One of the firefighters who interacted with Chief Pfeifer that morning was his brother, Kevin, to whom he had given his original badge number. It was the last time they would see each other because Kevin was killed in the Tower’s collapse. One small consolation came through the fact that documentary filmmaker Jules Naudet happened to be with Chief Pfeifer that day and was filming everything he could, including the brothers’ final meeting. Chief Pfeifer said, “It was important to me to see those pictures of my brother in the lobby, and it was important to other family members. That day we lost 343 firefighters, and Jules was able to capture…I think the number was 69 people who passed through the lobby that day to receive orders to go up. Those pictures have meant a lot to family members, as it did to my family, myself.”
Another person Chief Pfeifer saw in the lobby was Fire Department chaplain Father Mychal Judge: “I saw him praying, and it was physical prayer. I could see his lips move, and I could imagine it was like being in the Garden of Gethsemane asking God for this to pass. When the first tower collapsed and we tried to move quickly, I guess our chaplain didn’t move fast enough, and he was hit by part of the building. I was the one that discovered him at my feet. I checked for a pulse, and I knew he was gone…The day before 9/11, he was dedicating the 100th anniversary of a firehouse in the Bronx. He said in his homily, ‘You never know when God will call you or what danger you’ll run into. But what we do is put one foot in front of the other and respond to that call.’ I think that’s what our chaplain and our first responders did 21 years ago.”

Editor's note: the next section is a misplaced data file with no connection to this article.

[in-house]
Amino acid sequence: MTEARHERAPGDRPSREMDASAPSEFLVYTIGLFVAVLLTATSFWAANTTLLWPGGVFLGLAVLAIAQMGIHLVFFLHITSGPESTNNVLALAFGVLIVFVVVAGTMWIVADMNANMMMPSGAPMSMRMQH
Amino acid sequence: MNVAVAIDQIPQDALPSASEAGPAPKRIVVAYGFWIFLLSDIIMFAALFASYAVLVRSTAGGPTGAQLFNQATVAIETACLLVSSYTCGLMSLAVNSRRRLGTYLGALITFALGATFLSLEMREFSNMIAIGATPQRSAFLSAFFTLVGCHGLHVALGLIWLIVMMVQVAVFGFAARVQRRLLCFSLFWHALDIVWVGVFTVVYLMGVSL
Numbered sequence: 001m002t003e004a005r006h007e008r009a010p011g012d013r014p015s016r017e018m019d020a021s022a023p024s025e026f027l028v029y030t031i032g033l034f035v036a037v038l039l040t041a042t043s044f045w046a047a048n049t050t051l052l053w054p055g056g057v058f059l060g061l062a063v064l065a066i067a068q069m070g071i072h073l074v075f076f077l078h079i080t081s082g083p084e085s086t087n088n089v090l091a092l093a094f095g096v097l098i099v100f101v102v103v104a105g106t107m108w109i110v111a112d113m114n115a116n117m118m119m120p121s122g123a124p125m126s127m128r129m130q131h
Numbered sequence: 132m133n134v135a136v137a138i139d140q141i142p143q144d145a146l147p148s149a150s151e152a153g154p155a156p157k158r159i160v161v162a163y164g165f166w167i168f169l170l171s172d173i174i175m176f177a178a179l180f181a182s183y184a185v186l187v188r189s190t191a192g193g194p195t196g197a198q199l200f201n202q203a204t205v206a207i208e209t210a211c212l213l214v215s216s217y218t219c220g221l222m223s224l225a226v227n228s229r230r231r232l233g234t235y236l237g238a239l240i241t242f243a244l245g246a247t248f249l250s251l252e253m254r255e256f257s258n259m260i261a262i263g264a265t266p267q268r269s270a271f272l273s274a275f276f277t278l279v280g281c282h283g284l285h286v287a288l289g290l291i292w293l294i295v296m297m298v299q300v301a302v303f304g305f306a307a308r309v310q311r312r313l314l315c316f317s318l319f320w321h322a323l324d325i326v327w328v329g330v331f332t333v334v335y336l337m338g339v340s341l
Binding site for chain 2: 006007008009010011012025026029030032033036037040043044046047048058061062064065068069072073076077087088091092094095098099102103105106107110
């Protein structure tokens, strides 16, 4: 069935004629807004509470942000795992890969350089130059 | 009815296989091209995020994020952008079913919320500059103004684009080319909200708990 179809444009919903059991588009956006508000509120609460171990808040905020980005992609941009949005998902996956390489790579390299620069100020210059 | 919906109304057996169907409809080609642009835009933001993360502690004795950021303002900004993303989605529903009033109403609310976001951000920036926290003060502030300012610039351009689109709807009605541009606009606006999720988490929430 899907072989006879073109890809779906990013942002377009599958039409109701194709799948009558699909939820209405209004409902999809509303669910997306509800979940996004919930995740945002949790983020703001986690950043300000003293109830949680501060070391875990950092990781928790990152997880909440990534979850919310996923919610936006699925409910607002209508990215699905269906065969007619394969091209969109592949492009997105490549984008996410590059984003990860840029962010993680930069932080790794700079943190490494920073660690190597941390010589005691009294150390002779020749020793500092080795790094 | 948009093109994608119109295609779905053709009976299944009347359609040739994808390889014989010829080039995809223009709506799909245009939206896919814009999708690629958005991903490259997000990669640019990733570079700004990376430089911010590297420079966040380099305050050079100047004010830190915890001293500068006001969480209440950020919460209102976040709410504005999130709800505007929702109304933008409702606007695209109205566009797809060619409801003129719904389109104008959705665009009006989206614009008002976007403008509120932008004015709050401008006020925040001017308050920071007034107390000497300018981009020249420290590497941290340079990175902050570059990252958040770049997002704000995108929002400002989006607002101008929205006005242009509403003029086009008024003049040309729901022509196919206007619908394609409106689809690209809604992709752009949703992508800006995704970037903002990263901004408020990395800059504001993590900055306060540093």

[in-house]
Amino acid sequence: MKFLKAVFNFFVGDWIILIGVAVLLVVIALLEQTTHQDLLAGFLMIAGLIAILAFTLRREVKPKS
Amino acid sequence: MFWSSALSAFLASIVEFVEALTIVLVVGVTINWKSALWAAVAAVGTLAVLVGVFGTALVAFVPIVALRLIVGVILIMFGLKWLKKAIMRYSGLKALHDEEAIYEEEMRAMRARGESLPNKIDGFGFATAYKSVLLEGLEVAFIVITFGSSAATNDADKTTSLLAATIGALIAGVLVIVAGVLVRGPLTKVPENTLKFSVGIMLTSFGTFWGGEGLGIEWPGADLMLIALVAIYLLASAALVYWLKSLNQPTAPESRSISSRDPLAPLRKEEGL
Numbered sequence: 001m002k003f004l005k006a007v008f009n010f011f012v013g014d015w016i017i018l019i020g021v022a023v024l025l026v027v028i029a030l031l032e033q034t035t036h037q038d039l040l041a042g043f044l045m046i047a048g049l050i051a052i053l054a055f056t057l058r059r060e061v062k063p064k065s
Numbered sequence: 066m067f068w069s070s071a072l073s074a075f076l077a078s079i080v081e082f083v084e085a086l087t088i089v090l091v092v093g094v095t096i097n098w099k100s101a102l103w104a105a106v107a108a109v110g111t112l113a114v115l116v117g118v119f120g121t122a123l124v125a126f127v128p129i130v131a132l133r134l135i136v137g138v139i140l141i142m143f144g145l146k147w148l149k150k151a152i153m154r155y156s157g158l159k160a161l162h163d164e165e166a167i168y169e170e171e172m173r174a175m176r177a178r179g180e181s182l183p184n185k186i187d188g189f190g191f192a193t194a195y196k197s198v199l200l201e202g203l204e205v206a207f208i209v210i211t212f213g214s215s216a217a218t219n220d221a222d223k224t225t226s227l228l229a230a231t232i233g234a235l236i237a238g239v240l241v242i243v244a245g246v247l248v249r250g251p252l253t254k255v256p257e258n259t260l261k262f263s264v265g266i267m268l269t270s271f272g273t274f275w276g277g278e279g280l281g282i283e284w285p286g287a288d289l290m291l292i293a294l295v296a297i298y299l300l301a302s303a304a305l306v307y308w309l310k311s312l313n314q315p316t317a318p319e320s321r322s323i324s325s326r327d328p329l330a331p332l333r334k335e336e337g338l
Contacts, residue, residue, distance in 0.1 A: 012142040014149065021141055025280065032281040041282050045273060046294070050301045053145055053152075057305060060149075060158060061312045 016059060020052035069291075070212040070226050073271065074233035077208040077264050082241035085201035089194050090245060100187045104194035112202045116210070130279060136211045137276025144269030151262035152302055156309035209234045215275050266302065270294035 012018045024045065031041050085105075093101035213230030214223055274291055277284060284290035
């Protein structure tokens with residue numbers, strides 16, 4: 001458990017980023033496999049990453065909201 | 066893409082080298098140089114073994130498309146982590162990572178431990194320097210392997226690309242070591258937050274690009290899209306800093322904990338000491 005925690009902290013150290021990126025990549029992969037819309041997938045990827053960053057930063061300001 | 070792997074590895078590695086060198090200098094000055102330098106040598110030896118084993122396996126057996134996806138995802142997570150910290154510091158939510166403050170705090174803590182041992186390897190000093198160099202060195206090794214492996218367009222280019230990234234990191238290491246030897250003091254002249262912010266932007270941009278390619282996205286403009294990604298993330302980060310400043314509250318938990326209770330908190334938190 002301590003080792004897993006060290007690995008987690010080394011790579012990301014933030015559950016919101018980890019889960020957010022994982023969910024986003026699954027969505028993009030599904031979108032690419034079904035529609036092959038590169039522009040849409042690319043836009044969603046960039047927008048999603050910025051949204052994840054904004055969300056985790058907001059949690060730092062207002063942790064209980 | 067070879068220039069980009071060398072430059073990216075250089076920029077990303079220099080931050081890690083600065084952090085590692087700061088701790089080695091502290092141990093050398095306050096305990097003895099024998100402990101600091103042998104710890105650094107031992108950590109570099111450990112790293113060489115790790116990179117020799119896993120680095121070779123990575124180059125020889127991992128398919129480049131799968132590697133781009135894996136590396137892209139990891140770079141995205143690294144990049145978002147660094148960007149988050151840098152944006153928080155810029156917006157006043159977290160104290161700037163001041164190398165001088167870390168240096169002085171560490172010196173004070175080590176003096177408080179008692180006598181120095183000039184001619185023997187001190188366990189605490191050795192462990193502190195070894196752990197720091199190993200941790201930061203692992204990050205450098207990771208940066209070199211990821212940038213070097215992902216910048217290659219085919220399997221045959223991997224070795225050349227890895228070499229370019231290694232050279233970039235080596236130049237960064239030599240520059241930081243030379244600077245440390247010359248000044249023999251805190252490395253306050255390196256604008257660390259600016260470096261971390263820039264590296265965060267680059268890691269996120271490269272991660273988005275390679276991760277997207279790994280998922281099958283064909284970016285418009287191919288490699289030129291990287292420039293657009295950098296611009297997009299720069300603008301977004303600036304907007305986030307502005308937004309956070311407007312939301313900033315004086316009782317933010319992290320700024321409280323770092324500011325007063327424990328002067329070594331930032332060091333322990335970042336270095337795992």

In the years since 9/11, Chief Pfeifer has been focused on building a better world. He became founding Director of the FDNY’s Center for Terrorism and Disaster Preparedness. He is also a Senior Fellow at the Harvard Kennedy School, the director for crisis leadership at the National Center for Disaster Preparedness at Columbia University, and he has traveled the world to bring the “message of working together, of connecting with each other, collaborating and coordinating. What I have seen is that message actually changes things. It changes how we’re prepared for the next big event, whether it’s a terrorist event, whether it’s climate change, like hurricanes or tsunamis…By coming together and leaders now working with other leaders, we’re better able to respond to the needs of the people we serve.”
Though he has seen and experienced much tragedy, Chief Pfeifer believes in the Christopher ideal of lighting a candle rather than cursing the darkness. He concluded, “In moments of darkness, we feel very much alone, that this is my pain. I think the only way to light a candle in that darkness is by connecting to others and sharing what we’re feeling. In doing so, we see a glimmer of hope, and we don’t just look back at what’s happening to me, but we look forward: How do we make this different? So, I think with the book and with the anniversary each year of 9/11, it’s simply not just reflecting on the past, but standing with each other and looking forward to create a world full of kindness. Little acts [of love] are those little candles of hope.”
(To listen to my full interview with Chief Joseph Pfeifer, click on the podcast link):